What I really like about the old Yamaha/Korg FM is the individual voices are created by individual voice chips
The voices in a Yamaha DX7 all originate from two chips - the YM21280 and an envelope generator (YM21290). The mixing is done at the digital level, and all of the data is pushed into a D/A converter.

I'm reasonably certain that @ acreil has already posted about this with the actual correct information, but this is something you can check in the circuit diagrams - any analog mixing section would show up there

Korg FM synths licensed Yamaha tech, so they also have single YM-something or OPL-something voice chips.

However, the general sentiment of what you express, I can relate to that, and to me that's a sign of technology slowing down (and likely aging, too).

A DX7 blew people's minds, the D50 did it again, and the M1 did it again as well - and every new advance has either been numerical (more memory! more polyphony! more effects!) and/or incremental (more multisamples! more articulations!). In a sense, it's good - it just means that the ball is back in the artist's court to make mindblowing stuff.

Last edited by Yoozer; 2nd September 2020 at 08:11 AM.. Reason: Novation V-Synth, what the hell
Old 1st September 2020
  #6
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Quote:
Originally Posted by fromthepuggle View Post
[...]

My guess is that I'd likely have had a similar experience with many other similar 'new digital' synths, so not trying to single out ASM here, it's just this one was what I bought. My original plan was to shoot out Hydra with Argon. I'm guessing I'd have a similar experience with Argon, so I'm rethinking my plans. I wouldn't expect anything by Roland or others making digital-only synths these days would be that diff. [...]
That's as ludicrous as saying that all analog synths sound the same

You should definitely check out ACB/SYSTEM 8 to hear what "new school" VA can do in an intuitive package.

Also a Reface DX for a modern clean take on FM (it's the only easy to use non-VA/pure digital synth I can think of right now).

Quote:
Originally Posted by fromthepuggle View Post
- I heard nothing in Hydrasynth that isn't beat out by good contemporary plugins like Serum or Dune 3, or old but quality VA stuff like Microkorg. I briefly owned a Microkorg XL (I think that's the MS2000 engine repackaged) and a Minonova. Great classic VA, but very 2005 in their ways.[...]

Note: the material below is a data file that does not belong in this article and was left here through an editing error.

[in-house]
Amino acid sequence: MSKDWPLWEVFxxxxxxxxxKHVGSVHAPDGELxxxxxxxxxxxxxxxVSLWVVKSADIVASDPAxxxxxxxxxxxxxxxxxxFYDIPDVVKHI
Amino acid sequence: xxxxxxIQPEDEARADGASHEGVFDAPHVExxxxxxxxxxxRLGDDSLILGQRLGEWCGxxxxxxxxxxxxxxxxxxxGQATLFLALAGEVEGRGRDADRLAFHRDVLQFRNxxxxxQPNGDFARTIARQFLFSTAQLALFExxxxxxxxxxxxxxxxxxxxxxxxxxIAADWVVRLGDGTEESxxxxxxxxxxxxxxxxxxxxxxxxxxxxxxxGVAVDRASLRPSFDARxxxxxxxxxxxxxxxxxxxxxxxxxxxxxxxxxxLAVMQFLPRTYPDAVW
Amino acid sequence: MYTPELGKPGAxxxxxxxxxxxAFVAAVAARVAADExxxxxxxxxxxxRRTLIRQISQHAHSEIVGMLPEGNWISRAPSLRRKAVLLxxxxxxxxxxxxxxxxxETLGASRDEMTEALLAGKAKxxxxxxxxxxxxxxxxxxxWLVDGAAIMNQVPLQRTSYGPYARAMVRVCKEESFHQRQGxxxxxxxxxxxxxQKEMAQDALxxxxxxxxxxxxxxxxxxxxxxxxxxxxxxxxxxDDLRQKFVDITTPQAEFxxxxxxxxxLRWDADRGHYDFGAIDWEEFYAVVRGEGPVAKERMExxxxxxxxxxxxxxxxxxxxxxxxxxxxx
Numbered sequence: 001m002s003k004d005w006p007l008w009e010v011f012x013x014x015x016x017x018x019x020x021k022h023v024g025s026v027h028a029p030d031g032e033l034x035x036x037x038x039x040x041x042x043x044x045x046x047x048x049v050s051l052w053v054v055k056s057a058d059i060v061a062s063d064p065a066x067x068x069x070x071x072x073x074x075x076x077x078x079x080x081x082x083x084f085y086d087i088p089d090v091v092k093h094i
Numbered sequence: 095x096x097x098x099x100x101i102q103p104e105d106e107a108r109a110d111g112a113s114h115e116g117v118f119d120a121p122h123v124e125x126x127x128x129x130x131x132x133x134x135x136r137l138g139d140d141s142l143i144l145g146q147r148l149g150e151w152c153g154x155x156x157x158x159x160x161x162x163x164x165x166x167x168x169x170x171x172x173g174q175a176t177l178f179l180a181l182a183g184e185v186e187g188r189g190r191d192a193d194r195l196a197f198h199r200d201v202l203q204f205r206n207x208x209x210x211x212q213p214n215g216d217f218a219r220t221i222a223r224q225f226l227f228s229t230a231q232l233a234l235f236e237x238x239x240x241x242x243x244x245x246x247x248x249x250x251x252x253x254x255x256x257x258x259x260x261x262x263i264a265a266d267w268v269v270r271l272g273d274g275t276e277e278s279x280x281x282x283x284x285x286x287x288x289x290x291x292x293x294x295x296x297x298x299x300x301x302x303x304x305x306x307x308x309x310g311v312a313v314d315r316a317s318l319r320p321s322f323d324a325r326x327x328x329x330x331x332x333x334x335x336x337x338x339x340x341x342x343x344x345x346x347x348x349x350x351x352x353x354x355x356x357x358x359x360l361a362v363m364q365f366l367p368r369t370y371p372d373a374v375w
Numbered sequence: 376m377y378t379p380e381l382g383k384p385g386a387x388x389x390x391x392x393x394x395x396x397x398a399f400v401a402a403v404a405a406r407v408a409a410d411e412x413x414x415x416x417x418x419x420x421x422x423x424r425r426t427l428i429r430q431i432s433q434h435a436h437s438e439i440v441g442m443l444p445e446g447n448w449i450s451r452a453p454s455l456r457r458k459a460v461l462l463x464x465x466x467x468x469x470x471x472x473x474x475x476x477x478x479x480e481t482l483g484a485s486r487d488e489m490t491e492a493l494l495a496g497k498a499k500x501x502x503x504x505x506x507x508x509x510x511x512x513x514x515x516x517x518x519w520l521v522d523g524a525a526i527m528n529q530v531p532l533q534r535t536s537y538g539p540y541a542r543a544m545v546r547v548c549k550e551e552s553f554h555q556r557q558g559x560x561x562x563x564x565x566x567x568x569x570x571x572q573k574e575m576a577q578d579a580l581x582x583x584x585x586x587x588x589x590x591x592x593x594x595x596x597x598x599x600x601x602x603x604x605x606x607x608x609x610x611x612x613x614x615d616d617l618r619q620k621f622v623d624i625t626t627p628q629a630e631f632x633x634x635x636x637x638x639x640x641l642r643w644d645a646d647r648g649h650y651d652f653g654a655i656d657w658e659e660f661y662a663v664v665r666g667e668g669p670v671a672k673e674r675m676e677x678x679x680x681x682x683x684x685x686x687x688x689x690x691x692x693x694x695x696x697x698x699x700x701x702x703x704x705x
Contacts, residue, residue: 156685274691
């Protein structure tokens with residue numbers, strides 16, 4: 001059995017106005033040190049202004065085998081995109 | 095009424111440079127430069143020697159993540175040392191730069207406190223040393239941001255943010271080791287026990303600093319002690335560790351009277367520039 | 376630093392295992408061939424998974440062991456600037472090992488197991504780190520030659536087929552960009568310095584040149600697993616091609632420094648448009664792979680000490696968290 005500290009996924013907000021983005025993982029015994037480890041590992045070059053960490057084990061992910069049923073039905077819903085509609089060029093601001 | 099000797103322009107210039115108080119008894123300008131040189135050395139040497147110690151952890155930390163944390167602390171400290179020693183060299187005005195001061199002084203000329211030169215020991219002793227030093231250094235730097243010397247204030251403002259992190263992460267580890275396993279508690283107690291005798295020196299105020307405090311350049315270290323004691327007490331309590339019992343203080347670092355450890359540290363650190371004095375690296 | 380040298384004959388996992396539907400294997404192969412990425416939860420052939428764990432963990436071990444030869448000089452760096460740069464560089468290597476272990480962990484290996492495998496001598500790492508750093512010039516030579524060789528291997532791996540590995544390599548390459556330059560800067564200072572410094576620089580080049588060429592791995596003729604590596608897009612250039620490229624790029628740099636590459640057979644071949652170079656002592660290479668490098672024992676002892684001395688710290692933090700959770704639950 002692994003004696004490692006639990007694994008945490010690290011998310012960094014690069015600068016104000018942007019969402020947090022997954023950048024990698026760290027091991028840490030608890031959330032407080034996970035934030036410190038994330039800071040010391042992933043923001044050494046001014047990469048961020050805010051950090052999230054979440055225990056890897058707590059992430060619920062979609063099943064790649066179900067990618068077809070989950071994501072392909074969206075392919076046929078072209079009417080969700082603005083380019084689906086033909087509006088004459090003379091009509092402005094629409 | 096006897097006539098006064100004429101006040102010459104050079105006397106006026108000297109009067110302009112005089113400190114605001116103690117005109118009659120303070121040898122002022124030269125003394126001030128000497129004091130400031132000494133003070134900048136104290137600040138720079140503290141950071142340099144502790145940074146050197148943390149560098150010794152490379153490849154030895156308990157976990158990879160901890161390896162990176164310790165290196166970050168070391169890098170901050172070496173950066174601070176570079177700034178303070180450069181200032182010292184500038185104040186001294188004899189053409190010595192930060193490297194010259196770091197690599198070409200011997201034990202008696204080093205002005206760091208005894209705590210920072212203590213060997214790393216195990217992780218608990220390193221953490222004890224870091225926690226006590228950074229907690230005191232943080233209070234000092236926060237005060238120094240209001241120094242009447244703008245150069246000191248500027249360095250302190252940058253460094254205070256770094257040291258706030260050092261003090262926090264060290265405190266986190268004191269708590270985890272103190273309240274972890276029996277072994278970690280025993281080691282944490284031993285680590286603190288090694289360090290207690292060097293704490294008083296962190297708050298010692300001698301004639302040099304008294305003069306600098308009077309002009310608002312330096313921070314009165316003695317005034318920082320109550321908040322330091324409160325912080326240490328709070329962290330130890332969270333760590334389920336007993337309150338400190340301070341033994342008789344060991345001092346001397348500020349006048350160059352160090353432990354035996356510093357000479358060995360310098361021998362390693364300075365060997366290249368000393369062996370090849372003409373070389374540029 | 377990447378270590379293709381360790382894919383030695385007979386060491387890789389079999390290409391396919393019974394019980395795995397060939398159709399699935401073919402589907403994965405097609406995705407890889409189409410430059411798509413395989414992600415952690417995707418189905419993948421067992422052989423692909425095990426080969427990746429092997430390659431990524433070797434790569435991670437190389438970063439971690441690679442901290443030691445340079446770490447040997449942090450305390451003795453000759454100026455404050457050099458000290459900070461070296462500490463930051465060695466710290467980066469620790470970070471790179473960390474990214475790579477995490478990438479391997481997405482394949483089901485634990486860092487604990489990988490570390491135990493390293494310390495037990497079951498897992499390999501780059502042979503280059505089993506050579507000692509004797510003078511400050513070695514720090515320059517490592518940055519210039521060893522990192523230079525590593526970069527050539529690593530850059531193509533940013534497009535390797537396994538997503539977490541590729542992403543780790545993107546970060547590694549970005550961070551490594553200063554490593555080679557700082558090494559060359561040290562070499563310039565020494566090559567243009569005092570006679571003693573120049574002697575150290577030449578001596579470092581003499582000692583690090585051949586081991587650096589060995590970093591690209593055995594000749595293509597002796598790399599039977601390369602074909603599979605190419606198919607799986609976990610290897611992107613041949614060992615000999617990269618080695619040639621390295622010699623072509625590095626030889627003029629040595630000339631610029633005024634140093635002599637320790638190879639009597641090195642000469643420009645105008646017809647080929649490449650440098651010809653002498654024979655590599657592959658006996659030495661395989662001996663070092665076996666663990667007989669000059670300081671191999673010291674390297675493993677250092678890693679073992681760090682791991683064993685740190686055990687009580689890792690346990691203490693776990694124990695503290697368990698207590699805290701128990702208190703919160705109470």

microKORG XL uses the RADIAS engine, not MS2000.
Old 1st September 2020
  #7
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Can the theremin be used on the desktop version with the mod wheel on a keyboard? (or some other way)

I love the desktop, but no theremin always makes me back out.
Old 1st September 2020
  #8
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Quote:
Originally Posted by fromthepuggle View Post
What I really like about the old Yamaha/Korg FM is the individual voices are created by individual voice chips, and I think that's mixed in the analog realm.
let's stick to facts. How many DACs are in a DX7? one. There is interesting stuff going on with how voices are extracted from one DAC. They are not "summed" in the analog realm but rather multiplexed/interleaved.

What's inside a DX7
Old 1st September 2020
  #9
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Have to say I'm a bit weirded out by this. I mean you bought this proudly deep and digital synth, end up disappointed that it doesn't perform that well doing mostly basic VA stuff in terms of UI and sounds, and not only do you feel this is something reviewers should have warned you about, it's something the manufacturer should try and address...

Man, you're going against the grain here. It's clearly not your kind of synth and that should have been obvious from day one.
Old 1st September 2020
  #10
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acreil's Avatar
 

Quote:
Originally Posted by Yoozer View Post
The voices in a Yamaha DX7 all originate from two chips - the YM21280 and an envelope generator (YM21290). The mixing is done at the digital level, and all of the data is pushed into a D/A converter.

I'm reasonably certain that @ acreil has already posted about this with the actual correct information, but this is something you can check in the circuit diagrams - any analog mixing section would show up there

Korg FM synths licensed Yamaha tech, so they also have single YM-something or OPL-something voice chips.